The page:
Academic journal article Journal of Film and Video

"The Ambitions of Most Independent Filmmakers": Indie Production, the Majors, and Friday the 13th (1980)

Academic journal article Journal of Film and Video

"The Ambitions of Most Independent Filmmakers": Indie Production, the Majors, and Friday the 13th (1980)

Article excerpt

SCHOLARSHIP ON 1970S AMERICAN INDEPENDENT filmmaking has tended to fall into one of two categories. First, there are the examinations of maverick filmmakers? Hal Ashby, Robert Altman, Arthur Penn, and others? whose "independence" is determined largely by the exceptional levels of creative control that they were given by major studios such as Warner Brothers (Gilby; Kolker). Then there are those projects that focus on so-called exploitation companies such as American International Pictures (hereafter AIP), Dimension Pictures, and New World Pictures (Hillier; Hillier and Lipstadt; Lowry). These outfits, like the majors, operated on lines of credit that had been arranged with banks and controlled the production and distribution of their product. The "independence" of these companies is thus defined by the fact that they, unlike the major studios, were not members of the Motion Picture Association of America (hereafter MPAA). For the record, in 1979. the MPAA members were the majors Columbia Pictures, MGM/UA, Paramount Pictures, Twentieth Century Fox Film Corporation, Universal Pictures, Warner Brothers Pictures, and DIsney/Buena Vista and the mini-major Avco Embassy Pictures.

Whether it is claimed to be a result of a distinct authorial vision or by virtue of attempts to profit from niches that the majors had overlooked or were under-exploiting, the content of the films of iconoclasts such as Ashby and businessmen in the mold of Roger Corman typically has been contrasted to that of major studio releases. These tendencies, in conjunction with the due attention that has been paid to early post-classical era blockbusters (Hall; Kr?mer; Schatz, "The New Hollywood"), have left a significant gap in the recent history of the American film industry; they have obscured the fact that there was a different breed of American independent filmmaker who at this time was aggressively targeting the MPAA members by offering to them for distribution completed films that had been tailored to meet their needs.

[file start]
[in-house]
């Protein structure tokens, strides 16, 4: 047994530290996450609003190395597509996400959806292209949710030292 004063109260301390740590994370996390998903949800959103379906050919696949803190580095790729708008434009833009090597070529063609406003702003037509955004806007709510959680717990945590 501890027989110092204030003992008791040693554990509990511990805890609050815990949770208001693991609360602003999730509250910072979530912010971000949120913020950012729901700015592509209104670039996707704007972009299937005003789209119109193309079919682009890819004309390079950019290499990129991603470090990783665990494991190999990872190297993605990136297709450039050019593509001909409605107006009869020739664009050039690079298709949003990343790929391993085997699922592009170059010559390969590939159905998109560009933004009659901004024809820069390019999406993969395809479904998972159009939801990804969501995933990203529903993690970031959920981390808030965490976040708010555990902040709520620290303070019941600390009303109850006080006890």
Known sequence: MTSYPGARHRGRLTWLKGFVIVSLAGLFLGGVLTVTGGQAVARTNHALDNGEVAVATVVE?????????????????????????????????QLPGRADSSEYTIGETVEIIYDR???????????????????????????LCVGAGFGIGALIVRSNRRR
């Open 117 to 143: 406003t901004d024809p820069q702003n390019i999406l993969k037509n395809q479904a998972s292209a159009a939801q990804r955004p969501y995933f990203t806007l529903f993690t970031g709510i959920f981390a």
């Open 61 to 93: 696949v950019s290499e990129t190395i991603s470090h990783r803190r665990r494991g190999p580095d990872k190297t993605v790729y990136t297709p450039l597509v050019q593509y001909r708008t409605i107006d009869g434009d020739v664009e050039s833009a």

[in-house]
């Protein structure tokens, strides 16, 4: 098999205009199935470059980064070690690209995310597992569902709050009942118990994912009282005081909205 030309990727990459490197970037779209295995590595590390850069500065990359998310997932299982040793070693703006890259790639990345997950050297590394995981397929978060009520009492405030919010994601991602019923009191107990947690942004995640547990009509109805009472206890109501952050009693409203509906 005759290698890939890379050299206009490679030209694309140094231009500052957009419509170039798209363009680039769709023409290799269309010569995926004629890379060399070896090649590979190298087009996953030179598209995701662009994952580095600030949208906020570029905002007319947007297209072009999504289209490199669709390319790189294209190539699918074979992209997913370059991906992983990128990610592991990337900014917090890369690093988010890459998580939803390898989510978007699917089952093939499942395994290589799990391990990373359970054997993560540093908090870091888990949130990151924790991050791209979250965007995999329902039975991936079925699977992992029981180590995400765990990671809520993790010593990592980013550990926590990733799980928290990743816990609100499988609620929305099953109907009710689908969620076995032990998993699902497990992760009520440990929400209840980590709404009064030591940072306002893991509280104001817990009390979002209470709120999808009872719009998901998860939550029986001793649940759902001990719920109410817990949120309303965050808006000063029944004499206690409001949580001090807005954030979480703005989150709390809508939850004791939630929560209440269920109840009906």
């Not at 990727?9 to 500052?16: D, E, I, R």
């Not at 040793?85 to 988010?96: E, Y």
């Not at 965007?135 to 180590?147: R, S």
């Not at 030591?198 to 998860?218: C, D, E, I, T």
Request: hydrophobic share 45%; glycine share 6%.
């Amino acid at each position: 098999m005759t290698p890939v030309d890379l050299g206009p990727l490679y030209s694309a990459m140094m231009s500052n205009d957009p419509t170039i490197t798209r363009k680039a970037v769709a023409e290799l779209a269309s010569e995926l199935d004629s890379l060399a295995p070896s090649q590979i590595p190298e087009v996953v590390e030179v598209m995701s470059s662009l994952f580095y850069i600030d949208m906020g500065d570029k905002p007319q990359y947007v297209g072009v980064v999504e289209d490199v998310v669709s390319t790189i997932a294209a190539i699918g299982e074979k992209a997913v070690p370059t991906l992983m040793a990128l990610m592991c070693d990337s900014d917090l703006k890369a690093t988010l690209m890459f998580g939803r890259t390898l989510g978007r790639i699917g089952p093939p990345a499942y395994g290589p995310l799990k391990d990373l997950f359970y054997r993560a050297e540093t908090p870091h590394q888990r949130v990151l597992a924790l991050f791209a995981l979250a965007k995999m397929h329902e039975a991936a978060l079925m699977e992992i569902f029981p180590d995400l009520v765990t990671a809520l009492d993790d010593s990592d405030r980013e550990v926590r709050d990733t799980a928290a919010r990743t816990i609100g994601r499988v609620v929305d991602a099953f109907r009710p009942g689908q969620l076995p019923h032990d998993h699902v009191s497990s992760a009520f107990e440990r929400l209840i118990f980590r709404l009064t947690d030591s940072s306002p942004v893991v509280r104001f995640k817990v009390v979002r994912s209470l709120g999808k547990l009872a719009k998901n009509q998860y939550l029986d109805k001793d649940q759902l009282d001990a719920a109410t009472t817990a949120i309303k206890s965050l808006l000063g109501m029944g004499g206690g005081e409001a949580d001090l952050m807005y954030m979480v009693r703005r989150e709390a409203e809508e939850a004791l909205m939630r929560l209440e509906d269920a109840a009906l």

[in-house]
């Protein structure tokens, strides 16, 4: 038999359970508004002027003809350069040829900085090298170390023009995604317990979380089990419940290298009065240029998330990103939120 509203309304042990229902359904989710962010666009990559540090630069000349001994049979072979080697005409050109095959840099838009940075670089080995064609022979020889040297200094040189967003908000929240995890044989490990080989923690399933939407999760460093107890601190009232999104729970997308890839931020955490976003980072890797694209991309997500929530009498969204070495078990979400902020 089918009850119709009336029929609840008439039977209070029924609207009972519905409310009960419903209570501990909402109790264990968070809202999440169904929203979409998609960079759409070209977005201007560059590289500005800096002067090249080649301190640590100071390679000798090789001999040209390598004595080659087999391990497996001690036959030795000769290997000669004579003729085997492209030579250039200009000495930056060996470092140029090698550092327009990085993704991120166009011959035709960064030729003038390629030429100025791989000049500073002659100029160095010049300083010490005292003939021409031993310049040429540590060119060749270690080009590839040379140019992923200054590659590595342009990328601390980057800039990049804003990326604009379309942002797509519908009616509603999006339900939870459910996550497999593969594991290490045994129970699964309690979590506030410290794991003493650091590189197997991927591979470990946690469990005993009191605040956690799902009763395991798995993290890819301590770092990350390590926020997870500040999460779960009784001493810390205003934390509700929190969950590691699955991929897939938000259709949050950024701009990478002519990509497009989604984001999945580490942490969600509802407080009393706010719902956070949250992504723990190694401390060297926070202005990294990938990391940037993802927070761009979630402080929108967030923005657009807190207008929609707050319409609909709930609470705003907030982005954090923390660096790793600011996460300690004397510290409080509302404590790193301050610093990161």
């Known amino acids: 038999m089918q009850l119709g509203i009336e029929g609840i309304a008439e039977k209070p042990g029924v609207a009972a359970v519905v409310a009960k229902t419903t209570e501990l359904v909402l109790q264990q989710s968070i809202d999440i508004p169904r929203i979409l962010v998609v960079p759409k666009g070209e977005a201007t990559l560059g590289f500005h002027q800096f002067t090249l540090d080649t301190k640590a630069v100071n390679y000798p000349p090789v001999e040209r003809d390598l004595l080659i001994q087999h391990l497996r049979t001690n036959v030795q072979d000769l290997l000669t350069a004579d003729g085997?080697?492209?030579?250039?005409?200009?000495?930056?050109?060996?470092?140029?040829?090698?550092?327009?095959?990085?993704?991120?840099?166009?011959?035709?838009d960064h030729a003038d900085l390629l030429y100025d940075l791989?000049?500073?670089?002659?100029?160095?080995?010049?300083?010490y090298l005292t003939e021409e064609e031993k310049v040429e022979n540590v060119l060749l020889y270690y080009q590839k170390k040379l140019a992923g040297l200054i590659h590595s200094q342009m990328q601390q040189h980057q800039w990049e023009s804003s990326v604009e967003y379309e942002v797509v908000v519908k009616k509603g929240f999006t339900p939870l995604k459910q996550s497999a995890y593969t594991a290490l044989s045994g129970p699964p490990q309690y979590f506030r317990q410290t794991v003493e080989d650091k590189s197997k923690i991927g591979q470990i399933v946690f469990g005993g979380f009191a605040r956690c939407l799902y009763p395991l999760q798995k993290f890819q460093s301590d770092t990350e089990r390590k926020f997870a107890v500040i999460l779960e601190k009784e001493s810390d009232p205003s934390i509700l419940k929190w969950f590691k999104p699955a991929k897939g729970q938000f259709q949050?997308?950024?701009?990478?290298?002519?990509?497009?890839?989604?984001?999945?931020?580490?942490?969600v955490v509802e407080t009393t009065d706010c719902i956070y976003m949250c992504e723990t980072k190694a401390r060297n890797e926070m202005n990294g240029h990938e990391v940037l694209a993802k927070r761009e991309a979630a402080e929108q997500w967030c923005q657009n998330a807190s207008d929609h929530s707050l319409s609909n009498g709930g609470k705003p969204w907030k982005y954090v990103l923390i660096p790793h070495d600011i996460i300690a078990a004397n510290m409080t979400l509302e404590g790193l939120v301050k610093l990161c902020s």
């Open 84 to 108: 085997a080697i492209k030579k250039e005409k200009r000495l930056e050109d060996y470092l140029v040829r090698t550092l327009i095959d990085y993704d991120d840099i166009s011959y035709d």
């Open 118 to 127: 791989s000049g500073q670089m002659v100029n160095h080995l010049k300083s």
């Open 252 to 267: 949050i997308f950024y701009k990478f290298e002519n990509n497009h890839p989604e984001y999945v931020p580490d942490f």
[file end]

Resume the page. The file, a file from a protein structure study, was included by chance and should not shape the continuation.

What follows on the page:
That breed of independent filmmaker was described in 1976 by film industry analyst A. D. Murphy as operating from an "outside world" in which such a filmmaker had "no ready entree into major distribution companies [and] no bank loan guaranteed by a major studio" (1, 32). It is a team of these "outsiders," as I call them here, on which this article focuses: the team of outsiders behind the low-budget teen slasher film Friday the 13th (1980). Moreover, it is in reference to these particular outsiders and to others like them that I use the term "independent filmmakers" in this article. I also use the term "independent distributor" to refer to any company that, in 1979, was responsible for delivering films to theaters but that did not belong to the MPAA.

The MPAA members, as several scholars have argued, were by the late 1970s releasing film types and mobilizing content and themes that hitherto had been associated with independent studios such as AIP and New World and outsiders (Hall; Schatz, Old Hollywood). It has been shown that in response to these developments, AIP and New World increased their production budgets and gentrified their films in an attempt to compete head-to-head with the majors (Hillier; Tzioumakis 204-05). The responses of outsiders have, however, drawn little academic attention. This article contributes to this under-researched area of American film history by employing formalist content analysis and industrial analysis to examine the logic and the strategies that underwrote the production of the 1980 teen slasher film Friday the 13th.1 1 show that the outsiders behind Friday the 13th crafted their film not for the exploitation circuit of grind-houses and drive-ins, as is often suggested (Clover, Men, Women and Chainsaws 21; Dickstein 74), butto attract an MPAA-member distributor.2 By showing that the exchange of content between the majors and independents was a complex two-way process, this article demonstrates that the conduct of the major studios and American independent filmmakers was more heavily intertwined In the late 1970s than has commonly been thought and that, rather than always being in opposition to one another, some independent filmmakers and MPAA members were able to forge a mutually beneficial existence. …

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